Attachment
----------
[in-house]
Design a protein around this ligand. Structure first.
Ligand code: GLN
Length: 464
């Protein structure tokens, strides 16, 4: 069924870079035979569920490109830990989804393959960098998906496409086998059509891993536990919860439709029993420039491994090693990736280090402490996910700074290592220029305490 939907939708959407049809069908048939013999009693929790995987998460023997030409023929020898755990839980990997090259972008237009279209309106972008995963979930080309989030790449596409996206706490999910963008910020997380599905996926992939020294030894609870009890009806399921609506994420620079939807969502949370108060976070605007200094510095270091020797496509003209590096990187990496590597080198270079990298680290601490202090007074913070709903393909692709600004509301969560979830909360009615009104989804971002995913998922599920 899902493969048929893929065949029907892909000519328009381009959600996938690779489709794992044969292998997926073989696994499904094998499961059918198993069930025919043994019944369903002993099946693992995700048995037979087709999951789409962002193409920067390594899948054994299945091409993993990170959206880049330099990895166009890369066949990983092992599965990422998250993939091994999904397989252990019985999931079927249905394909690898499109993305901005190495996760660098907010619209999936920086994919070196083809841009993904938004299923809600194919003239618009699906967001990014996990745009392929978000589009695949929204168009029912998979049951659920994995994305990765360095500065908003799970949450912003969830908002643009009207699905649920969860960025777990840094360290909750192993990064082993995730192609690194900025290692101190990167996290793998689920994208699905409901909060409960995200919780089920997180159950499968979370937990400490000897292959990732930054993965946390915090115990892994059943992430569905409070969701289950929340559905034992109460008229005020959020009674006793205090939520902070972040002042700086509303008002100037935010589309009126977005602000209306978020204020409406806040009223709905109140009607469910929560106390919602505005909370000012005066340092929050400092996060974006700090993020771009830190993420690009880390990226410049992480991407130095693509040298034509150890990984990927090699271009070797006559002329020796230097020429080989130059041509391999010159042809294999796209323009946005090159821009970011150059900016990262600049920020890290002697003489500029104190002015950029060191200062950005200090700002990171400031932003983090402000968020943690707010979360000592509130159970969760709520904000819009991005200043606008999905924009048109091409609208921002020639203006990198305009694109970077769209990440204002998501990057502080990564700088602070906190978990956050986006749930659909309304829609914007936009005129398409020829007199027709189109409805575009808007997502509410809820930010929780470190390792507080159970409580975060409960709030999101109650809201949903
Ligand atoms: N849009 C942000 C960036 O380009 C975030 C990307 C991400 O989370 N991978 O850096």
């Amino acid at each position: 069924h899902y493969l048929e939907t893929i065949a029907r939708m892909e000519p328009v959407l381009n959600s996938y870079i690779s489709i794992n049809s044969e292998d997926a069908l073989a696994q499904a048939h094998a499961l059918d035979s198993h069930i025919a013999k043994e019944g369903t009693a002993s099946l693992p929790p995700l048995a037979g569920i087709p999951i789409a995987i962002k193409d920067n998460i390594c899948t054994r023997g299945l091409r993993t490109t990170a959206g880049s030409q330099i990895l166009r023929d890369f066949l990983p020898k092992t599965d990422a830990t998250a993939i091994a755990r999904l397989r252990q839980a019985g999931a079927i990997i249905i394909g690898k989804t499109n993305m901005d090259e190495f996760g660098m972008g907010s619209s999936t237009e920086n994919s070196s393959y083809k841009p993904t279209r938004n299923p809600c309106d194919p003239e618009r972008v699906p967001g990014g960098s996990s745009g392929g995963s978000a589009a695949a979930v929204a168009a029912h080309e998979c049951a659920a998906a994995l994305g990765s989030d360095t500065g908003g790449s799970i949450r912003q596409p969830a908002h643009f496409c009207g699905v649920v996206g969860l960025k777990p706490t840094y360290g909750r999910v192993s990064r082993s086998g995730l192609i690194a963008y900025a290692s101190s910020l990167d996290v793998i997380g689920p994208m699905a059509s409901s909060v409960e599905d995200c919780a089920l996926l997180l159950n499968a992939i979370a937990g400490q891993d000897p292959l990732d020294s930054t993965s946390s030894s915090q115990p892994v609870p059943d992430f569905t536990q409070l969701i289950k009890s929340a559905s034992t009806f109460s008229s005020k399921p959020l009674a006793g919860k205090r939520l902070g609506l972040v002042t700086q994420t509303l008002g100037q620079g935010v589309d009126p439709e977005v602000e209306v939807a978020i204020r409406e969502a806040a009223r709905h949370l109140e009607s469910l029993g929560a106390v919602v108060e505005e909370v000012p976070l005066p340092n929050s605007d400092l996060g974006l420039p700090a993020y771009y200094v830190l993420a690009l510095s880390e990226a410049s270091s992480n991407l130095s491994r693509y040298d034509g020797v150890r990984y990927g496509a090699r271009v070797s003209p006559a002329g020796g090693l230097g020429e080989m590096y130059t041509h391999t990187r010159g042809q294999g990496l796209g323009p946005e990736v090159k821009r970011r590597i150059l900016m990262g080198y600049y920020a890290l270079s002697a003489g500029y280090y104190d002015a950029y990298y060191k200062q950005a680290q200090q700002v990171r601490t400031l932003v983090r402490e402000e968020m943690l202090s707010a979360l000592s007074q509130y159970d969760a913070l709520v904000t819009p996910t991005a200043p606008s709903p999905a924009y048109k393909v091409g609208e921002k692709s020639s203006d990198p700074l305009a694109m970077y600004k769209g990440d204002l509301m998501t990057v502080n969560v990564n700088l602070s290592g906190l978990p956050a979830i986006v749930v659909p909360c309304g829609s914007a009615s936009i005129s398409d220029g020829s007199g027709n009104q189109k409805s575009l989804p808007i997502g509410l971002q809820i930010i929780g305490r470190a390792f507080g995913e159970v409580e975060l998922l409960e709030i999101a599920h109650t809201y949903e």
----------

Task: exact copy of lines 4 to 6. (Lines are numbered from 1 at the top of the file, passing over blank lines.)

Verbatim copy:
Length: 464
């Protein structure tokens, strides 16, 4: 069924870079035979569920490109830990989804393959960098998906496409086998059509891993536990919860439709029993420039491994090693990736280090402490996910700074290592220029305490 939907939708959407049809069908048939013999009693929790995987998460023997030409023929020898755990839980990997090259972008237009279209309106972008995963979930080309989030790449596409996206706490999910963008910020997380599905996926992939020294030894609870009890009806399921609506994420620079939807969502949370108060976070605007200094510095270091020797496509003209590096990187990496590597080198270079990298680290601490202090007074913070709903393909692709600004509301969560979830909360009615009104989804971002995913998922599920 899902493969048929893929065949029907892909000519328009381009959600996938690779489709794992044969292998997926073989696994499904094998499961059918198993069930025919043994019944369903002993099946693992995700048995037979087709999951789409962002193409920067390594899948054994299945091409993993990170959206880049330099990895166009890369066949990983092992599965990422998250993939091994999904397989252990019985999931079927249905394909690898499109993305901005190495996760660098907010619209999936920086994919070196083809841009993904938004299923809600194919003239618009699906967001990014996990745009392929978000589009695949929204168009029912998979049951659920994995994305990765360095500065908003799970949450912003969830908002643009009207699905649920969860960025777990840094360290909750192993990064082993995730192609690194900025290692101190990167996290793998689920994208699905409901909060409960995200919780089920997180159950499968979370937990400490000897292959990732930054993965946390915090115990892994059943992430569905409070969701289950929340559905034992109460008229005020959020009674006793205090939520902070972040002042700086509303008002100037935010589309009126977005602000209306978020204020409406806040009223709905109140009607469910929560106390919602505005909370000012005066340092929050400092996060974006700090993020771009830190993420690009880390990226410049992480991407130095693509040298034509150890990984990927090699271009070797006559002329020796230097020429080989130059041509391999010159042809294999796209323009946005090159821009970011150059900016990262600049920020890290002697003489500029104190002015950029060191200062950005200090700002990171400031932003983090402000968020943690707010979360000592509130159970969760709520904000819009991005200043606008999905924009048109091409609208921002020639203006990198305009694109970077769209990440204002998501990057502080990564700088602070906190978990956050986006749930659909309304829609914007936009005129398409020829007199027709189109409805575009808007997502509410809820930010929780470190390792507080159970409580975060409960709030999101109650809201949903
Ligand atoms: N849009 C942000 C960036 O380009 C975030 C990307 C991400 O989370 N991978 O850096």